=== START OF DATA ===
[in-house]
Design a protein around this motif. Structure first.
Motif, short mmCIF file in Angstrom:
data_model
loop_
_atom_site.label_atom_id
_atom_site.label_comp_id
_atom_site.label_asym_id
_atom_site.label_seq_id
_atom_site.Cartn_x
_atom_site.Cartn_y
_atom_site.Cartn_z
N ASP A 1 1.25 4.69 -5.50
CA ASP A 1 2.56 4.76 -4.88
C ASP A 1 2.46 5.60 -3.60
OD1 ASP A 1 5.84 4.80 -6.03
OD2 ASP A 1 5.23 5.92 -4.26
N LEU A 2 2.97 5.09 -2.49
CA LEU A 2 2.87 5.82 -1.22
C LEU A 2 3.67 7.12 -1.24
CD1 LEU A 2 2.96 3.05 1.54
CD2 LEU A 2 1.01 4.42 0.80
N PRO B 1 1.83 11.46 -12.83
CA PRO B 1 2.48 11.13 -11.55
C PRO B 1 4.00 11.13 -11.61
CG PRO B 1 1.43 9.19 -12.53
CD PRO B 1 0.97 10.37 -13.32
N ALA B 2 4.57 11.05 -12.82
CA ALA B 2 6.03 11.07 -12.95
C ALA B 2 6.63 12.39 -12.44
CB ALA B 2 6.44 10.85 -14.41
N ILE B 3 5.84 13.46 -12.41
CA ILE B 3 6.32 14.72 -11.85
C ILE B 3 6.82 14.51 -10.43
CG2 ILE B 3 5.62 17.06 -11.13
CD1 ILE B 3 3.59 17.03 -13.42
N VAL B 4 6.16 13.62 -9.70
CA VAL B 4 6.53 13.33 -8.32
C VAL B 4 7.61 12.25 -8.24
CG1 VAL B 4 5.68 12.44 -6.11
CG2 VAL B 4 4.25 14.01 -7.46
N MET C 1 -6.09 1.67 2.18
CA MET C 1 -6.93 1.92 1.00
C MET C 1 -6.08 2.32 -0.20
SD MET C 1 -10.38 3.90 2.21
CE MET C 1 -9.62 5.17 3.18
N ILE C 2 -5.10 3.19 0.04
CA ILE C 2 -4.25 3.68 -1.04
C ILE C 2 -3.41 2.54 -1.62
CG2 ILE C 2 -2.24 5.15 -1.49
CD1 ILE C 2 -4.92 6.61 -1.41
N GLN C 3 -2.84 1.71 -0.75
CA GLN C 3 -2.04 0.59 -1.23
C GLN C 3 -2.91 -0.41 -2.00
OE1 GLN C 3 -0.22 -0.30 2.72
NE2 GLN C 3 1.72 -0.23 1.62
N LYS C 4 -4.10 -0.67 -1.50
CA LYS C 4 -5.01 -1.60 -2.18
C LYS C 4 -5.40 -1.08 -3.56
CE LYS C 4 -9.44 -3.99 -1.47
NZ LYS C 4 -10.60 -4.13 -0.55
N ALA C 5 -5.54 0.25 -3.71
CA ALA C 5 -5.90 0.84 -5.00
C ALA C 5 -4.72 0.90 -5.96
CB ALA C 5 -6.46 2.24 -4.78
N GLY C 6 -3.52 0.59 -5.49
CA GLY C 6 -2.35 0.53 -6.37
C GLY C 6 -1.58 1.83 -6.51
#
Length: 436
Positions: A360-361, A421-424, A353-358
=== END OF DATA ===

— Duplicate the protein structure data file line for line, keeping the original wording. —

[in-house]
Design a protein around this motif. Structure first.
Motif, short mmCIF file in Angstrom:
data_model
loop_
_atom_site.label_atom_id
_atom_site.label_comp_id
_atom_site.label_asym_id
_atom_site.label_seq_id
_atom_site.Cartn_x
_atom_site.Cartn_y
_atom_site.Cartn_z
N ASP A 1 1.25 4.69 -5.50
CA ASP A 1 2.56 4.76 -4.88
C ASP A 1 2.46 5.60 -3.60
OD1 ASP A 1 5.84 4.80 -6.03
OD2 ASP A 1 5.23 5.92 -4.26
N LEU A 2 2.97 5.09 -2.49
CA LEU A 2 2.87 5.82 -1.22
C LEU A 2 3.67 7.12 -1.24
CD1 LEU A 2 2.96 3.05 1.54
CD2 LEU A 2 1.01 4.42 0.80
N PRO B 1 1.83 11.46 -12.83
CA PRO B 1 2.48 11.13 -11.55
C PRO B 1 4.00 11.13 -11.61
CG PRO B 1 1.43 9.19 -12.53
CD PRO B 1 0.97 10.37 -13.32
N ALA B 2 4.57 11.05 -12.82
CA ALA B 2 6.03 11.07 -12.95
C ALA B 2 6.63 12.39 -12.44
CB ALA B 2 6.44 10.85 -14.41
N ILE B 3 5.84 13.46 -12.41
CA ILE B 3 6.32 14.72 -11.85
C ILE B 3 6.82 14.51 -10.43
CG2 ILE B 3 5.62 17.06 -11.13
CD1 ILE B 3 3.59 17.03 -13.42
N VAL B 4 6.16 13.62 -9.70
CA VAL B 4 6.53 13.33 -8.32
C VAL B 4 7.61 12.25 -8.24
CG1 VAL B 4 5.68 12.44 -6.11
CG2 VAL B 4 4.25 14.01 -7.46
N MET C 1 -6.09 1.67 2.18
CA MET C 1 -6.93 1.92 1.00
C MET C 1 -6.08 2.32 -0.20
SD MET C 1 -10.38 3.90 2.21
CE MET C 1 -9.62 5.17 3.18
N ILE C 2 -5.10 3.19 0.04
CA ILE C 2 -4.25 3.68 -1.04
C ILE C 2 -3.41 2.54 -1.62
CG2 ILE C 2 -2.24 5.15 -1.49
CD1 ILE C 2 -4.92 6.61 -1.41
N GLN C 3 -2.84 1.71 -0.75
CA GLN C 3 -2.04 0.59 -1.23
C GLN C 3 -2.91 -0.41 -2.00
OE1 GLN C 3 -0.22 -0.30 2.72
NE2 GLN C 3 1.72 -0.23 1.62
N LYS C 4 -4.10 -0.67 -1.50
CA LYS C 4 -5.01 -1.60 -2.18
C LYS C 4 -5.40 -1.08 -3.56
CE LYS C 4 -9.44 -3.99 -1.47
NZ LYS C 4 -10.60 -4.13 -0.55
N ALA C 5 -5.54 0.25 -3.71
CA ALA C 5 -5.90 0.84 -5.00
C ALA C 5 -4.72 0.90 -5.96
CB ALA C 5 -6.46 2.24 -4.78
N GLY C 6 -3.52 0.59 -5.49
CA GLY C 6 -2.35 0.53 -6.37
C GLY C 6 -1.58 1.83 -6.51
#
Length: 436
Positions: A360-361, A421-424, A353-358